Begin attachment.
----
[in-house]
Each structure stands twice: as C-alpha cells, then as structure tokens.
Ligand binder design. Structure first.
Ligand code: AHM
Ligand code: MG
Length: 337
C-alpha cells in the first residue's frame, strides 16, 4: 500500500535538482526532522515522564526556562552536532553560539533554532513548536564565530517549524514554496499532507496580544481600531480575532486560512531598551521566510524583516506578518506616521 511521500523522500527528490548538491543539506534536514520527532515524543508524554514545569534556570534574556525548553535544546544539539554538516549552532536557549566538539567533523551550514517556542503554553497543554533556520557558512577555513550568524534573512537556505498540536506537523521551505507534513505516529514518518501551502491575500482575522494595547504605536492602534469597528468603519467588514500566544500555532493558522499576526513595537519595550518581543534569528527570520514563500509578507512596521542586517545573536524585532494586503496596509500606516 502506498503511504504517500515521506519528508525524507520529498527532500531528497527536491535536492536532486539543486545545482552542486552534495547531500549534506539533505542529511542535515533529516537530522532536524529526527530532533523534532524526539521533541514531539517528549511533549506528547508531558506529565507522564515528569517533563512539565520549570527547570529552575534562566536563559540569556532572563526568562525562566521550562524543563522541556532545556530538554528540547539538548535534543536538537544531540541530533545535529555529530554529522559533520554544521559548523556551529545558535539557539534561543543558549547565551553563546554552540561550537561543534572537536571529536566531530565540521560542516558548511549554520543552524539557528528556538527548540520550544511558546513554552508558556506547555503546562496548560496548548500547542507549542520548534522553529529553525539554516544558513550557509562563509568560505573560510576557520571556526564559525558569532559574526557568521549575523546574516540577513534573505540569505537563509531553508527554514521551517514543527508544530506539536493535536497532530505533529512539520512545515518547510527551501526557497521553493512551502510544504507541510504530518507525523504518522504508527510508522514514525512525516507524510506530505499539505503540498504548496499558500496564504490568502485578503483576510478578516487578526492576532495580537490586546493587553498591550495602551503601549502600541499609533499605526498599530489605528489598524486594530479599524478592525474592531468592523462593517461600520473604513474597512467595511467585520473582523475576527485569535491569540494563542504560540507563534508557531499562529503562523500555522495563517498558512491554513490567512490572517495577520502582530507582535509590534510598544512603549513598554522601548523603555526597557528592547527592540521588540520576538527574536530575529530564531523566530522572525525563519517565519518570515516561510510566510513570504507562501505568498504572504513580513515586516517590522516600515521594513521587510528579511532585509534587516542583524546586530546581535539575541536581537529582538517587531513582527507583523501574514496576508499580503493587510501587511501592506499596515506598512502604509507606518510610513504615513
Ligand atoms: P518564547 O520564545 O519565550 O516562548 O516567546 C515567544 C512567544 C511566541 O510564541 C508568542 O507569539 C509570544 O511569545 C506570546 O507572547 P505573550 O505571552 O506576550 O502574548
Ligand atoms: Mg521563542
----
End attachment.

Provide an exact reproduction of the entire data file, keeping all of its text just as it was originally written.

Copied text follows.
[in-house]
Each structure stands twice: as C-alpha cells, then as structure tokens.
Ligand binder design. Structure first.
Ligand code: AHM
Ligand code: MG
Length: 337
C-alpha cells in the first residue's frame, strides 16, 4: 500500500535538482526532522515522564526556562552536532553560539533554532513548536564565530517549524514554496499532507496580544481600531480575532486560512531598551521566510524583516506578518506616521 511521500523522500527528490548538491543539506534536514520527532515524543508524554514545569534556570534574556525548553535544546544539539554538516549552532536557549566538539567533523551550514517556542503554553497543554533556520557558512577555513550568524534573512537556505498540536506537523521551505507534513505516529514518518501551502491575500482575522494595547504605536492602534469597528468603519467588514500566544500555532493558522499576526513595537519595550518581543534569528527570520514563500509578507512596521542586517545573536524585532494586503496596509500606516 502506498503511504504517500515521506519528508525524507520529498527532500531528497527536491535536492536532486539543486545545482552542486552534495547531500549534506539533505542529511542535515533529516537530522532536524529526527530532533523534532524526539521533541514531539517528549511533549506528547508531558506529565507522564515528569517533563512539565520549570527547570529552575534562566536563559540569556532572563526568562525562566521550562524543563522541556532545556530538554528540547539538548535534543536538537544531540541530533545535529555529530554529522559533520554544521559548523556551529545558535539557539534561543543558549547565551553563546554552540561550537561543534572537536571529536566531530565540521560542516558548511549554520543552524539557528528556538527548540520550544511558546513554552508558556506547555503546562496548560496548548500547542507549542520548534522553529529553525539554516544558513550557509562563509568560505573560510576557520571556526564559525558569532559574526557568521549575523546574516540577513534573505540569505537563509531553508527554514521551517514543527508544530506539536493535536497532530505533529512539520512545515518547510527551501526557497521553493512551502510544504507541510504530518507525523504518522504508527510508522514514525512525516507524510506530505499539505503540498504548496499558500496564504490568502485578503483576510478578516487578526492576532495580537490586546493587553498591550495602551503601549502600541499609533499605526498599530489605528489598524486594530479599524478592525474592531468592523462593517461600520473604513474597512467595511467585520473582523475576527485569535491569540494563542504560540507563534508557531499562529503562523500555522495563517498558512491554513490567512490572517495577520502582530507582535509590534510598544512603549513598554522601548523603555526597557528592547527592540521588540520576538527574536530575529530564531523566530522572525525563519517565519518570515516561510510566510513570504507562501505568498504572504513580513515586516517590522516600515521594513521587510528579511532585509534587516542583524546586530546581535539575541536581537529582538517587531513582527507583523501574514496576508499580503493587510501587511501592506499596515506598512502604509507606518510610513504615513
Ligand atoms: P518564547 O520564545 O519565550 O516562548 O516567546 C515567544 C512567544 C511566541 O510564541 C508568542 O507569539 C509570544 O511569545 C506570546 O507572547 P505573550 O505571552 O506576550 O502574548
Ligand atoms: Mg521563542